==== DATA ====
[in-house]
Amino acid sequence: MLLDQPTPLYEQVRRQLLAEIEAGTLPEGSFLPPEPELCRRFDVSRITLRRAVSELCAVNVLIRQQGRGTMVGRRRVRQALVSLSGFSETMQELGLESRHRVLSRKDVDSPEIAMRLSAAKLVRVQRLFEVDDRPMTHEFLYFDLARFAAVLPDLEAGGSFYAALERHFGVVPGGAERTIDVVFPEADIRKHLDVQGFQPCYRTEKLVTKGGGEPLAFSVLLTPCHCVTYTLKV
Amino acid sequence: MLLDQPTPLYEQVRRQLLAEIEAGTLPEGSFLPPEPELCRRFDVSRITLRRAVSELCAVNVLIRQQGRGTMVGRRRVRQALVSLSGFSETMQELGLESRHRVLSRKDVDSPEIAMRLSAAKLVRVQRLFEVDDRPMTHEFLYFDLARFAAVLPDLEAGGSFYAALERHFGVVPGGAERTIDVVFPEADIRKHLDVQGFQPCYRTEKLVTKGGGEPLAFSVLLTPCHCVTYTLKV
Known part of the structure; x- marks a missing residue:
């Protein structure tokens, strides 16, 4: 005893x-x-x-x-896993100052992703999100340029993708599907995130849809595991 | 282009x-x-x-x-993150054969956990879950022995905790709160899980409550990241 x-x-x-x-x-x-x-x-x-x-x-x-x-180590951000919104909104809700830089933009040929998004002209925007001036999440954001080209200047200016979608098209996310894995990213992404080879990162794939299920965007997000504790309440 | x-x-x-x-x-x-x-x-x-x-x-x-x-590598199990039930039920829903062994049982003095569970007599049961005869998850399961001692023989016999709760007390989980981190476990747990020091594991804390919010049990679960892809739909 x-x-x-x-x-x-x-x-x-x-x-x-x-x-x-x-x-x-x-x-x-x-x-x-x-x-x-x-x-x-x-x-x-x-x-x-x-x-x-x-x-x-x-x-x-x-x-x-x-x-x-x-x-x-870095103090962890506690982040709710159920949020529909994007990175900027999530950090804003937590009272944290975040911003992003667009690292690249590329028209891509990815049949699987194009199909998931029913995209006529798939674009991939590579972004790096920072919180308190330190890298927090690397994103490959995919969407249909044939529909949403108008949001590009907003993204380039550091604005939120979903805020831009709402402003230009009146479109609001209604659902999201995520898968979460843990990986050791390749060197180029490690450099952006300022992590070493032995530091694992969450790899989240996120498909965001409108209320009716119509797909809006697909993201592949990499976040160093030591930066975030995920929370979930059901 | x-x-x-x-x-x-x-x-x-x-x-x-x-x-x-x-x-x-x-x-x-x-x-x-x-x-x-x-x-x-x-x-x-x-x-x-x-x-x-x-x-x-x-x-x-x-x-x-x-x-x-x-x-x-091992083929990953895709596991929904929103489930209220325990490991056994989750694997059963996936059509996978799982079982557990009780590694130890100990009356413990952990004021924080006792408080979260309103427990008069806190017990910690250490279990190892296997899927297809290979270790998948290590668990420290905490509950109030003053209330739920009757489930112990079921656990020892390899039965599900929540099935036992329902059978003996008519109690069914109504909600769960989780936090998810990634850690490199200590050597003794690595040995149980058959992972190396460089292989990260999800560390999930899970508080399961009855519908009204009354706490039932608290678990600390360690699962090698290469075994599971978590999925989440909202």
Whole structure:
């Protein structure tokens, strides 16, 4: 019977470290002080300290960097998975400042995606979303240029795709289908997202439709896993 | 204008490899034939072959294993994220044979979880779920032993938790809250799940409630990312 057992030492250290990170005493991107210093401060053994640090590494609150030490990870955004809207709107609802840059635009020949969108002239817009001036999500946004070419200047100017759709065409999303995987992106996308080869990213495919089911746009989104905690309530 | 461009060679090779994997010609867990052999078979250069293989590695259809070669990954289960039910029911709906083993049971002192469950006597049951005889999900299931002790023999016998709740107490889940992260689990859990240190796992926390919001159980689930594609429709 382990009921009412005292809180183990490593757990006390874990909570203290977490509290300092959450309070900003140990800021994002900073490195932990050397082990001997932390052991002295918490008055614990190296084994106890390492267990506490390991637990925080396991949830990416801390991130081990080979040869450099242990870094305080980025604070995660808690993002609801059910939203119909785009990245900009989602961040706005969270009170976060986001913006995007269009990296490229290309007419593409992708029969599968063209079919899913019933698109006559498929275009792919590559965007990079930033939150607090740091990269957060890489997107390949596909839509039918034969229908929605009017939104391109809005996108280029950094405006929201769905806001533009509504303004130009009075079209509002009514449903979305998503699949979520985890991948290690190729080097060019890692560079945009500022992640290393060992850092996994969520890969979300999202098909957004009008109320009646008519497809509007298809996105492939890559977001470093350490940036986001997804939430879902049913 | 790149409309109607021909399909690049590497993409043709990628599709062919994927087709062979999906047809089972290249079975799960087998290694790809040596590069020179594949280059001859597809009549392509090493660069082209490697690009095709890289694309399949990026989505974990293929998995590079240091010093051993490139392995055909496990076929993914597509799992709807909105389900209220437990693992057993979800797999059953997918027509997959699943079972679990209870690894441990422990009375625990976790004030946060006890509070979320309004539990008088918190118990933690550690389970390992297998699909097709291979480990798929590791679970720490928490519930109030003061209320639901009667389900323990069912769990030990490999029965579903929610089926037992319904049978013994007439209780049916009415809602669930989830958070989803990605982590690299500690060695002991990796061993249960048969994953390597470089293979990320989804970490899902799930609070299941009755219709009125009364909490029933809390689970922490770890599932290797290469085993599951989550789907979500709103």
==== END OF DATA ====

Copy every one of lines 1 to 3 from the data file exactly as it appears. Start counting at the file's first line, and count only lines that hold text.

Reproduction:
[in-house]
Amino acid sequence: MLLDQPTPLYEQVRRQLLAEIEAGTLPEGSFLPPEPELCRRFDVSRITLRRAVSELCAVNVLIRQQGRGTMVGRRRVRQALVSLSGFSETMQELGLESRHRVLSRKDVDSPEIAMRLSAAKLVRVQRLFEVDDRPMTHEFLYFDLARFAAVLPDLEAGGSFYAALERHFGVVPGGAERTIDVVFPEADIRKHLDVQGFQPCYRTEKLVTKGGGEPLAFSVLLTPCHCVTYTLKV
Amino acid sequence: MLLDQPTPLYEQVRRQLLAEIEAGTLPEGSFLPPEPELCRRFDVSRITLRRAVSELCAVNVLIRQQGRGTMVGRRRVRQALVSLSGFSETMQELGLESRHRVLSRKDVDSPEIAMRLSAAKLVRVQRLFEVDDRPMTHEFLYFDLARFAAVLPDLEAGGSFYAALERHFGVVPGGAERTIDVVFPEADIRKHLDVQGFQPCYRTEKLVTKGGGEPLAFSVLLTPCHCVTYTLKV